Network Monitoring: How to Get Started and Why You Should Consider it

Network Monitoring: How to Get Started and Why You Should Consider it

Security and privacy are of the utmost importance when modifying your device or buying from a third party reseller.  Of course, nothing will ever beat only buying or downloading from trusted sources but if you ever believe your device is sending or receiving information to/from a third party, there are several ways to check.

Image 022The method we’ll look at is primarily developed for Windows; however, official builds do exist for OSX and Linux via mono, alternate software options such as Wireshark are out there but we will be taking a look at Fiddler, which is a free web debugging proxy.  To start you’ll want to download the client from here and (Mac and linux users can grab a build here). Once it has installed we can begin setup, head to Tools > Fiddler Options > Connections and ensure “Allow remote computers to connect” is ticked.

Then head across to the “HTTPs” tab and tick “Decrypt HTTPS traffic” if you would like to see encrypted traffic. Exit the settings and hover over the “Online” indicator which should be in the top right of your display, make a note of the IP address that appears.

The following instructions will differ slightly depending on your ROM or Android version, but for the most part should be similar enough to follow with ease. On your phone head to your WiFi settings and ensure you are connected to the same network as your PC, once connected long press on the connection name and select modify network, then tap show advanced options.

Set your Proxy settings to manual, under hostname type the IP address you copied down earlier and then under Proxy port enter 8888 unless you changed it in the connections menu of Fiddler. Hit save and then in your phone’s browser head to http://ipv4.fiddler:8888/ which should show the Fiddler Echo Service webpage. If you chose to enable decrypted HTTPS traffic earlier you will also want to click the FiddlerRoot Certificate link in your phone’s browser now and install. Once you have completed your testing you can revert your phone’s WiFi connection by heading back to WiFi settings and removing the proxy settings.

You are now all set up and should begin to notice the traffic from your phone appearing in Fiddler. If you are using your PC at the same time you can stop traffic from there showing in Fiddler by right clicking traffic you know is from your PC and then filter, followed by hide process; you should only need to do this for your browser and anything else that is actively connected to the internet. From here you can start testing your device, if you plan on testing your ROM you may want to leave the program running while you use your phone as normal for an extended period of time which should allow you to review the entire log at a later time, to check for any sporadic malicious connections. If, however, you are wanting to check an individual app this can be done quickly by simply using the app and monitoring which connections are made during this time. Fiddler will not prevent these connections, but it will show you what is being sent or received and from where, which brings us to investigating individual connections.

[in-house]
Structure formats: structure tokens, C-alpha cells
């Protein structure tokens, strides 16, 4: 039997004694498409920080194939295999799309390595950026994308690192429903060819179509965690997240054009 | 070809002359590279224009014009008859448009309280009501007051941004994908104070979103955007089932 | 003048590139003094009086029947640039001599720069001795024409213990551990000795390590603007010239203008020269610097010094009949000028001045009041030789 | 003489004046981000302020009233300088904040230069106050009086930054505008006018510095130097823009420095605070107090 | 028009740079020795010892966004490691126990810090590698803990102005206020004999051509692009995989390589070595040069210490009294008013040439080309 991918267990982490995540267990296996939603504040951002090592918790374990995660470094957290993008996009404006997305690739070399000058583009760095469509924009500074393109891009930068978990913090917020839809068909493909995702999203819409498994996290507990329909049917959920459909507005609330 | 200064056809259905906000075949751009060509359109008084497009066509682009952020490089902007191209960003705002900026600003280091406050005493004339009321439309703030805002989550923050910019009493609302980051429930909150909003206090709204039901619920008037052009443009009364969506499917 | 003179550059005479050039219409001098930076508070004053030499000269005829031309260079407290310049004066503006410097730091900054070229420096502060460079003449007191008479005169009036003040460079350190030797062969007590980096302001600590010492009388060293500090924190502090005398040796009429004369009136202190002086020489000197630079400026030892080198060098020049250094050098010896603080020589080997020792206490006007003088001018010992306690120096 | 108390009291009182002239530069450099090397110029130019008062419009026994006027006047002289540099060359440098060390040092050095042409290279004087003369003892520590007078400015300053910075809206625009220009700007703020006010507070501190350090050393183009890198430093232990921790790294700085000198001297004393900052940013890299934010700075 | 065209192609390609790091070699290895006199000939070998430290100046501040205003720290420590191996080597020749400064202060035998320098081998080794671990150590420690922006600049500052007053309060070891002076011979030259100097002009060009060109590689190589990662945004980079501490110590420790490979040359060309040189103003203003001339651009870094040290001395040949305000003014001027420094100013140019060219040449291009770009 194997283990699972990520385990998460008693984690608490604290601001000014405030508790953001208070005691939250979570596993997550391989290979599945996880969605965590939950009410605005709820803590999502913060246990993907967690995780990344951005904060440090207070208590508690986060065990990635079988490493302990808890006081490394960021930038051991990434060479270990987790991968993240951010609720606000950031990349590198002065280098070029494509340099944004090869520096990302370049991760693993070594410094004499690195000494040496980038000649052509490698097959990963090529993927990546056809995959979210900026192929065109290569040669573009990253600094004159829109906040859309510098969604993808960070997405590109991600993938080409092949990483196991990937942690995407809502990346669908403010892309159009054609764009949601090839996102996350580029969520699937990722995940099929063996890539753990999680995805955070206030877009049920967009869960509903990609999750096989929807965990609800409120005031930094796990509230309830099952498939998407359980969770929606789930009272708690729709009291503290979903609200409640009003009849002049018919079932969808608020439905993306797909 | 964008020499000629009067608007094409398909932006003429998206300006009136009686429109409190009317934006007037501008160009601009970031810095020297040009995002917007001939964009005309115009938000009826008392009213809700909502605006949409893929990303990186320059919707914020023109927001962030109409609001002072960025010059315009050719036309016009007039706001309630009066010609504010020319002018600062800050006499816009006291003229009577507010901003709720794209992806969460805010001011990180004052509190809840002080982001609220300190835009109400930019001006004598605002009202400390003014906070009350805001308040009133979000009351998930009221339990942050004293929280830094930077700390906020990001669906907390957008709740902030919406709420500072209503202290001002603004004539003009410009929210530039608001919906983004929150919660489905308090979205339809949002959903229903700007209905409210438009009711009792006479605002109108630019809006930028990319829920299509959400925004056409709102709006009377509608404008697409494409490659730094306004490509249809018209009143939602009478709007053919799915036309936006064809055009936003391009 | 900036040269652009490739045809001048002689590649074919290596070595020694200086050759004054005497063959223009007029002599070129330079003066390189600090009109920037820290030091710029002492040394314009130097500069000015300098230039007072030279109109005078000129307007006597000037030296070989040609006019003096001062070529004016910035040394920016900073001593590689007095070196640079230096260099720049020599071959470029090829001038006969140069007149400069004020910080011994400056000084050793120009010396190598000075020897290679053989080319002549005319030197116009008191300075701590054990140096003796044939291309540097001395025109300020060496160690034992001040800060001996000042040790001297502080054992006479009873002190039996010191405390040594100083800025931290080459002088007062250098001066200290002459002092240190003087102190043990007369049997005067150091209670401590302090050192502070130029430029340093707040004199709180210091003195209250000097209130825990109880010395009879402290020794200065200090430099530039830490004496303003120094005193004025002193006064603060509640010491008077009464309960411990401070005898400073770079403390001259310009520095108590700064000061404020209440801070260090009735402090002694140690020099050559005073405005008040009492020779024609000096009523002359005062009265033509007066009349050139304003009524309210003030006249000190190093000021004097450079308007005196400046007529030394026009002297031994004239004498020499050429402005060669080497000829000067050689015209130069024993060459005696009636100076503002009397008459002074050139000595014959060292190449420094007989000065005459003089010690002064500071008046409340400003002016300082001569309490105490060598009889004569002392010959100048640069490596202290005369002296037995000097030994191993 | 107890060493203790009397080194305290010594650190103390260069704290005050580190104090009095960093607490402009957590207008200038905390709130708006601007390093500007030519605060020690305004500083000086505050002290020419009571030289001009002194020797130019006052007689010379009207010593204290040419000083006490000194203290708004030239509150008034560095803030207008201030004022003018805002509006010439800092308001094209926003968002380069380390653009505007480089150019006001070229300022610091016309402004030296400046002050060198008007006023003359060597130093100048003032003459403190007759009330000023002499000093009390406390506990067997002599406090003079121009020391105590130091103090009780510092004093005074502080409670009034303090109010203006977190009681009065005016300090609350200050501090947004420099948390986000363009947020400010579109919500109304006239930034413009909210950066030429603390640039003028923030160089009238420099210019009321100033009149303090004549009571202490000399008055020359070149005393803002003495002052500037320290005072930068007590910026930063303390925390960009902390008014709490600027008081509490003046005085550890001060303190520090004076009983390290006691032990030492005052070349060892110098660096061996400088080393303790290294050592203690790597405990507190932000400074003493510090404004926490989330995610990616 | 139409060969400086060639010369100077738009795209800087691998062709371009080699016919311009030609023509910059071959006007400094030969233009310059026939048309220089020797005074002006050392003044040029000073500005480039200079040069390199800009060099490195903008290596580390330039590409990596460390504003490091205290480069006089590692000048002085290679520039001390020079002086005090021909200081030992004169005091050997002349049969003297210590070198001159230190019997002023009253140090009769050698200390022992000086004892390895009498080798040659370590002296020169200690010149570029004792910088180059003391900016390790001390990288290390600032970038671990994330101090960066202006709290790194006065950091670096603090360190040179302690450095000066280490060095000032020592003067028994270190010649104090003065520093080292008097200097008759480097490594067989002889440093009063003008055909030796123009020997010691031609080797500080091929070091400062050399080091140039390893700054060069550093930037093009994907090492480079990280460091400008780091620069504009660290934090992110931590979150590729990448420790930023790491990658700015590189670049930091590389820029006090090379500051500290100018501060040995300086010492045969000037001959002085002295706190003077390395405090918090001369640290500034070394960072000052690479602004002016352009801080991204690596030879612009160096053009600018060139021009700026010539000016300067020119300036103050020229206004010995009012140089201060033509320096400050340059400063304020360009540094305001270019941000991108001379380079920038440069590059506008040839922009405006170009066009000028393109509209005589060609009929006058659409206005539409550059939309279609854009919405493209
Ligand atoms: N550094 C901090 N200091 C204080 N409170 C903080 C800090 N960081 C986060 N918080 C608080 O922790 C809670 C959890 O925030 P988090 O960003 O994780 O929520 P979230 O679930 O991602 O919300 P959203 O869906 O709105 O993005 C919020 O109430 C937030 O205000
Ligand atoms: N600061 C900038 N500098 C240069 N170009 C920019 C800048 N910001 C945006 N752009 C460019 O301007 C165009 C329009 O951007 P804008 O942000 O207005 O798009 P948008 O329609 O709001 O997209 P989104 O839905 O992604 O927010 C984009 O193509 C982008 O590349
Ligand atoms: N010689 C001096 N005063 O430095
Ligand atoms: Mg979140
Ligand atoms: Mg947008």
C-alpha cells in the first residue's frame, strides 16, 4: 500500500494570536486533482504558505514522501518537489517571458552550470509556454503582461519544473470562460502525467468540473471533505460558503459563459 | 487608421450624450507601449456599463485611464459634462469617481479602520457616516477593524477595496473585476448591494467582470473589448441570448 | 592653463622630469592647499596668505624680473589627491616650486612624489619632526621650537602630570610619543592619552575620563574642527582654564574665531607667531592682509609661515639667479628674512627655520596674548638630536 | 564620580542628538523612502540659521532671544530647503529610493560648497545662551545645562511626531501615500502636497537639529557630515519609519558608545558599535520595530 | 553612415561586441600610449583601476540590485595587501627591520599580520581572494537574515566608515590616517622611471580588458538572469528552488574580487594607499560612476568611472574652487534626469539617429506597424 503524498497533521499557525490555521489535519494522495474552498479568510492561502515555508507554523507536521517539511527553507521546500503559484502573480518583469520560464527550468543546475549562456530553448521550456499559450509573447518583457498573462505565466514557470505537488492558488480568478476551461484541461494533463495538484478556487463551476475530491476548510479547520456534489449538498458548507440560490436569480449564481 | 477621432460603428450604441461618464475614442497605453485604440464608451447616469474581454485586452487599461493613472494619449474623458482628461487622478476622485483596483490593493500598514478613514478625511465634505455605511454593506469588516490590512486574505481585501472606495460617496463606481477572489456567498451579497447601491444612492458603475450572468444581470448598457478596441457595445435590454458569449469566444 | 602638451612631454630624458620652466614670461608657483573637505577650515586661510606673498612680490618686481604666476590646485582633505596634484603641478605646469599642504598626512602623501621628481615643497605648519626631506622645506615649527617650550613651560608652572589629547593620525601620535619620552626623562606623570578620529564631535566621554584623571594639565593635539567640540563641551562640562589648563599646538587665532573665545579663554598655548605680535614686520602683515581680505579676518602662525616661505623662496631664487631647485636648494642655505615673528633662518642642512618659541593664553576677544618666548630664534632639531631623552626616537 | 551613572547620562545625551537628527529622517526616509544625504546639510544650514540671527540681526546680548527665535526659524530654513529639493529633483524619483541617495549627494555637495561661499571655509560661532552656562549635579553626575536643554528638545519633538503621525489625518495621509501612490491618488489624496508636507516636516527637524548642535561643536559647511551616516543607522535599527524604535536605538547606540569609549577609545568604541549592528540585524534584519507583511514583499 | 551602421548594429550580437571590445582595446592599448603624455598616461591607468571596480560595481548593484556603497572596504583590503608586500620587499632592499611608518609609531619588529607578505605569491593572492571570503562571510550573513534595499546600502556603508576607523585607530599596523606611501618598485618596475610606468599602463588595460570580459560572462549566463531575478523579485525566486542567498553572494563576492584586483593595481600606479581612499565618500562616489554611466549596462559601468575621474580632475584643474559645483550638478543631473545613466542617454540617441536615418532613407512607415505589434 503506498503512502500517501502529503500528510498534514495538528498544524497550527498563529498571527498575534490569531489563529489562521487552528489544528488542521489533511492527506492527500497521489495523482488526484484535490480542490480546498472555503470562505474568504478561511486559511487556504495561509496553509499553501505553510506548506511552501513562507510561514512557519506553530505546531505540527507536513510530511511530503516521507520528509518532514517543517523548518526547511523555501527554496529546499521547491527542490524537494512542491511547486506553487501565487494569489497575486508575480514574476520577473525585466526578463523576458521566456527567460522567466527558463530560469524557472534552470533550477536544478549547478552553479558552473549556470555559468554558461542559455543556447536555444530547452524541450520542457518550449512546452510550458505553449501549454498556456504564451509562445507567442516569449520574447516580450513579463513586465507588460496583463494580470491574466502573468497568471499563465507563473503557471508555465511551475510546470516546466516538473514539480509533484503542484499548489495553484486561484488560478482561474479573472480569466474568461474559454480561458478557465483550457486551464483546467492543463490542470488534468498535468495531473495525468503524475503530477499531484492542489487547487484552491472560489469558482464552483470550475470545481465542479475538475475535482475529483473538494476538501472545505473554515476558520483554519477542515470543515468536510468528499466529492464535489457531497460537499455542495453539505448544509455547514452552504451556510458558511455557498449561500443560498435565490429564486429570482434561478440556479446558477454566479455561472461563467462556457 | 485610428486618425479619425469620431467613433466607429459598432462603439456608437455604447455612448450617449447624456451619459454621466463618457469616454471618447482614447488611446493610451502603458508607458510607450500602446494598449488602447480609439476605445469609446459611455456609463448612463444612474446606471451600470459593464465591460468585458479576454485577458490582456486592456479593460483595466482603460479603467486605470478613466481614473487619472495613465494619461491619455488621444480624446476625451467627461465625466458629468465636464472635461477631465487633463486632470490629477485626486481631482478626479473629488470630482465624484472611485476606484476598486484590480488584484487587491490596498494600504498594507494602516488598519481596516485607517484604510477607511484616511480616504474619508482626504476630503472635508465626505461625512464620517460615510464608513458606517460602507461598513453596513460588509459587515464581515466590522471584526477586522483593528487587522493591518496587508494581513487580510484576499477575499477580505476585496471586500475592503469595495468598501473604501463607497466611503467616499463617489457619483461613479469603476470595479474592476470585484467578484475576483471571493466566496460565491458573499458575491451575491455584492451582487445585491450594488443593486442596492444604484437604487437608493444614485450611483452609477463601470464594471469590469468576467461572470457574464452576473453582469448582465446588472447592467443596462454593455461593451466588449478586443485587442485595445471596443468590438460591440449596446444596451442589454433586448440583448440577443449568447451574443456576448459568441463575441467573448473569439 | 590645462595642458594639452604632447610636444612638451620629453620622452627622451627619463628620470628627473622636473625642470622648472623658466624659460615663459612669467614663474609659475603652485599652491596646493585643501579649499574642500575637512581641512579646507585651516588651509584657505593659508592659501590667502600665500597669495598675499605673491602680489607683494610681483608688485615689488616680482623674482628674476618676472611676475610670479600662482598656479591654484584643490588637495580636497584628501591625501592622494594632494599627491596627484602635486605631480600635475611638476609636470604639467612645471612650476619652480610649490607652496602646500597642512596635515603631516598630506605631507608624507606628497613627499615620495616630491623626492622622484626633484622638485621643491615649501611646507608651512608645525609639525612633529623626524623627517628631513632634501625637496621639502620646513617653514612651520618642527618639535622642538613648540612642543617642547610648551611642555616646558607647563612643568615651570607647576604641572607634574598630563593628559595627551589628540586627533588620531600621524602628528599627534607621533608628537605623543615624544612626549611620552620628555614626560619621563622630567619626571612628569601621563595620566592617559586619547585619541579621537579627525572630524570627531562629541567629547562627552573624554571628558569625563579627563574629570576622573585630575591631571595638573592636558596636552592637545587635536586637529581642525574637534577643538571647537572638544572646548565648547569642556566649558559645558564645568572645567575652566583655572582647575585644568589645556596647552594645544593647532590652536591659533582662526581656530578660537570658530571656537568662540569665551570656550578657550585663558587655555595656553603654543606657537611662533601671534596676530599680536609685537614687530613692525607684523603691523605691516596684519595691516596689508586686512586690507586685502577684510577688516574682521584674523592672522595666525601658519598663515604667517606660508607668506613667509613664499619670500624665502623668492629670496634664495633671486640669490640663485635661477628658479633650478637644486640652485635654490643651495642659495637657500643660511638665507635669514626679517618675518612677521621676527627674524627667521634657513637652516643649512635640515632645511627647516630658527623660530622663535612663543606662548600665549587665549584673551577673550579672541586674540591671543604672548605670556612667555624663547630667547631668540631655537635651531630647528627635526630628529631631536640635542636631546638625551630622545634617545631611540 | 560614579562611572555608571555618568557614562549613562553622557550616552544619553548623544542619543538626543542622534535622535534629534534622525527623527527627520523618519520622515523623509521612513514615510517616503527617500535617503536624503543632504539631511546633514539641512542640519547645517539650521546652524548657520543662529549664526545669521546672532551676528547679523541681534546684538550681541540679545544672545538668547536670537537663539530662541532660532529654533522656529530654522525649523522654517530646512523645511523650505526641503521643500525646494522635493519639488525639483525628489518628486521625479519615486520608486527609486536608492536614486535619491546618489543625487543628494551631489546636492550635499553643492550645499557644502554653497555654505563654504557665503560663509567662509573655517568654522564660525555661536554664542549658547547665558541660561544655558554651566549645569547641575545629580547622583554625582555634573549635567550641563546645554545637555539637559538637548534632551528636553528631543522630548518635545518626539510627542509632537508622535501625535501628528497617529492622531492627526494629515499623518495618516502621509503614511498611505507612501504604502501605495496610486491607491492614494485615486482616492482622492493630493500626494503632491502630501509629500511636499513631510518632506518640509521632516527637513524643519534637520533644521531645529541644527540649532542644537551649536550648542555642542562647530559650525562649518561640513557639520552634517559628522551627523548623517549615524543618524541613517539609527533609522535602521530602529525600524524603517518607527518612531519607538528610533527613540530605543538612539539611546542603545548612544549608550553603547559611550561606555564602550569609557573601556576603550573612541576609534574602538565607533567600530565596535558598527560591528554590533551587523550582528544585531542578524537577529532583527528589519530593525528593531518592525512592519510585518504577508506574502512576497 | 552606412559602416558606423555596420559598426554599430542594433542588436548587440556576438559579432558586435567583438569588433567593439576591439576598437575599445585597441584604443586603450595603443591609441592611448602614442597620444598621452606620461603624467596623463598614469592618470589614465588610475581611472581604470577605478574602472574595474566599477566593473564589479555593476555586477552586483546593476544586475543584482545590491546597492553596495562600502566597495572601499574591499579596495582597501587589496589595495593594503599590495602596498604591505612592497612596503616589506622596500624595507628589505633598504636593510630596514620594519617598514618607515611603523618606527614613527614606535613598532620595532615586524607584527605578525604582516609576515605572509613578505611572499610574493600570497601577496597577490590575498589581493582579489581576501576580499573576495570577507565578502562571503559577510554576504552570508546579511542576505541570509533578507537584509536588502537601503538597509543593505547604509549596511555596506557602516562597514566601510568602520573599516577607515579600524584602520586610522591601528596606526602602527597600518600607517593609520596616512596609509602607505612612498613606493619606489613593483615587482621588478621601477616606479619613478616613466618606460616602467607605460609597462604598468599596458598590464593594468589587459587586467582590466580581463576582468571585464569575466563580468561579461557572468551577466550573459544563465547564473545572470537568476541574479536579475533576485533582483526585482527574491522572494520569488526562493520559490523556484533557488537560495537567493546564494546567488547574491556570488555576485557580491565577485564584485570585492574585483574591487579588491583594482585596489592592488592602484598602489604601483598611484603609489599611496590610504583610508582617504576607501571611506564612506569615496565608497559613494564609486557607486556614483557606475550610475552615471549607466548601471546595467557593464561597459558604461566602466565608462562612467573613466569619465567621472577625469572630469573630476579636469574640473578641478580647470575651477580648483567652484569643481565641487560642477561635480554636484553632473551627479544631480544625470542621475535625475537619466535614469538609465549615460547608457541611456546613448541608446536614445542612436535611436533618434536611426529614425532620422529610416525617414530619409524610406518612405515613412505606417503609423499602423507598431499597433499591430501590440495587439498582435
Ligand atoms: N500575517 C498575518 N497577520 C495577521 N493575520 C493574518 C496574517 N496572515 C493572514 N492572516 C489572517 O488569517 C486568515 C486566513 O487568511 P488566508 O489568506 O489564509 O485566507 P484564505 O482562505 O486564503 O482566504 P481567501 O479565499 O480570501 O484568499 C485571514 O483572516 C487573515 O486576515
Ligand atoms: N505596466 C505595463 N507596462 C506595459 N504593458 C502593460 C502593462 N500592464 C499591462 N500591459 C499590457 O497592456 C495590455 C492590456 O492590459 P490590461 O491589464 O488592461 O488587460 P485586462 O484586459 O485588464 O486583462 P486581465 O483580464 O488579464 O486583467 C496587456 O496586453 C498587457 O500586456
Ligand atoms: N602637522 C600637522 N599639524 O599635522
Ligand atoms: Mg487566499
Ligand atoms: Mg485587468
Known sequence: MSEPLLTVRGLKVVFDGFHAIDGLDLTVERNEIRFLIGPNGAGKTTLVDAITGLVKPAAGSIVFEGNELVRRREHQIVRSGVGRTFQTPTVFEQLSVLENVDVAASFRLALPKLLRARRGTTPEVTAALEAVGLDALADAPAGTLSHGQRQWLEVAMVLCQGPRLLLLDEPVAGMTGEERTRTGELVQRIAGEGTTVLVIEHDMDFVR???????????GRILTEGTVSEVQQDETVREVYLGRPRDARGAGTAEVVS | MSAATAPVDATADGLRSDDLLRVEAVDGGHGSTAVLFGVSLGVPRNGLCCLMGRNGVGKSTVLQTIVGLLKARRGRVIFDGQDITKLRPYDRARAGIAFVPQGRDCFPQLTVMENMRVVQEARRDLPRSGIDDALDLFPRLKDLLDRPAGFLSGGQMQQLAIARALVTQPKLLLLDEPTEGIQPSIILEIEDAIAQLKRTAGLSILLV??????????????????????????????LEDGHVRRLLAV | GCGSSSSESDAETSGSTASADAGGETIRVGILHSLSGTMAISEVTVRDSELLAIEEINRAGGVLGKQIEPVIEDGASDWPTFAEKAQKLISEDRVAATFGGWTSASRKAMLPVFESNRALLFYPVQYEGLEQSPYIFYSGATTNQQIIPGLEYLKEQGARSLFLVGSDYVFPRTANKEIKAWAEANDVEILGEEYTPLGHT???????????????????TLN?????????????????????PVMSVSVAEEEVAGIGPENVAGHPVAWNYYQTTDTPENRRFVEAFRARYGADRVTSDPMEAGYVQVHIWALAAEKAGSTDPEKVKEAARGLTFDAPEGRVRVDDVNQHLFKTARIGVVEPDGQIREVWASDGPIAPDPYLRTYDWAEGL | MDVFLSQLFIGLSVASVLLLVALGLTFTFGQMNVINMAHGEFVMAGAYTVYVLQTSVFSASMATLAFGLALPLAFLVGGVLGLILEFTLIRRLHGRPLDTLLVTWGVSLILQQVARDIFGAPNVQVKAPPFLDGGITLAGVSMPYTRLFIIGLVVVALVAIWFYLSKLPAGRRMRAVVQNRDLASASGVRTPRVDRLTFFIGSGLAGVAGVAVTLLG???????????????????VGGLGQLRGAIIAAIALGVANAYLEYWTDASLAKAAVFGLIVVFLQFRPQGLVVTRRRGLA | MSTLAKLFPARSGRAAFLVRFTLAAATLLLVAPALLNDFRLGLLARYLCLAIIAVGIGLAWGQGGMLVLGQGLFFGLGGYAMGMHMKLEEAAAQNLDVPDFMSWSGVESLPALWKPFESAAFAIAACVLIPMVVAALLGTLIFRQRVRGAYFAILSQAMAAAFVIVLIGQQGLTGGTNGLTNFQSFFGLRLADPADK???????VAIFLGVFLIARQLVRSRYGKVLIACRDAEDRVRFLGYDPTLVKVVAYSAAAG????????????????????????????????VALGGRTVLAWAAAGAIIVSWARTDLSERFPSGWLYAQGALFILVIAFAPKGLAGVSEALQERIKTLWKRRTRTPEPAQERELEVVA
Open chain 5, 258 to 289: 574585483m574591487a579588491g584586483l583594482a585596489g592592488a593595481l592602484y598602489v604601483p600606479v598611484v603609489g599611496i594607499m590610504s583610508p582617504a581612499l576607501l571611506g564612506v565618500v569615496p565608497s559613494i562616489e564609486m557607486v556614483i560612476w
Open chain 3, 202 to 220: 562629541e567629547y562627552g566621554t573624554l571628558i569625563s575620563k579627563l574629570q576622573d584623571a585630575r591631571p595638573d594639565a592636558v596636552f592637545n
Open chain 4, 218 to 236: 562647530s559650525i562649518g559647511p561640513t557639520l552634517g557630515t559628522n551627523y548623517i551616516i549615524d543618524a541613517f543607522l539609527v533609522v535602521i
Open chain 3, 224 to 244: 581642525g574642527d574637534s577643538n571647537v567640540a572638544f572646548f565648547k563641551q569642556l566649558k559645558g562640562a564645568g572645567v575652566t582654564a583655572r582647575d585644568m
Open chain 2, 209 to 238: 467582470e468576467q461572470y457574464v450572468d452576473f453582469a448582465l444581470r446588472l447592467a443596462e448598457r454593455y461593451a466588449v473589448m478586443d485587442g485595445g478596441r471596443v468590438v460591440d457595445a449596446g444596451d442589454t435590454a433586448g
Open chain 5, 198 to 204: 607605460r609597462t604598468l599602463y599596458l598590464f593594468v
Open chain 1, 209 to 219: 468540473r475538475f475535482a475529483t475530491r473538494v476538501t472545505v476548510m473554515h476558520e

On the right-hand side of the Fiddler client, you will see several tabs, including but not limited to Composer, Log, Filters and Inspectors. Click any traffic that you wish to inspect in the main panel and then inspectors, in the new options that appear below ensure you are in Headers. This should display information such as the version of Android you are running, the make and model of phone you are running. Below this will be the host.

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The entry in the main panel (above, left) shows the URL, host, file size and content type, for example, this .PNG from baidu has been picked up upon my opening of ES File Explorer Pro, the fallen king of file managers. The right-hand side of the client goes more in-depth As you can see from the top panel, I am using a Huawei-AL10 running Marshmallow, which is currently connecting to baidu.com. The bottom panel shows the data that is being sent which in this case can be viewed in the WebView tab, as you can see in this case ES File Explorer Pro is downloading a Christmas image, (Estrongs, if you are reading this thanks for wasting my data on Christmas images in April…). These logs  can then be analyzed to determine a lot about the app in question, in this scenario the accumulation of data and the other traffic from ES file explorer shows that:

A) Even though the Pro version does not come with ads, several MBs worth are still being downloaded just not shown.
B) The app is built poorly with no regard for efficiency.
C) The app is communicating with Baidu constantly.

This method can be used to monitor any data your phone handles over the WiFi connection, thereby making it relatively simple to find out if an app or ROM is sending your data somewhere it shouldn’t be or downloading something that could be malicious. Give it a try sometime, you may be surprised at what you find out.

Footnote:
Just a bit of the pure filth uncovered from ES File Explorer during the network monitoring

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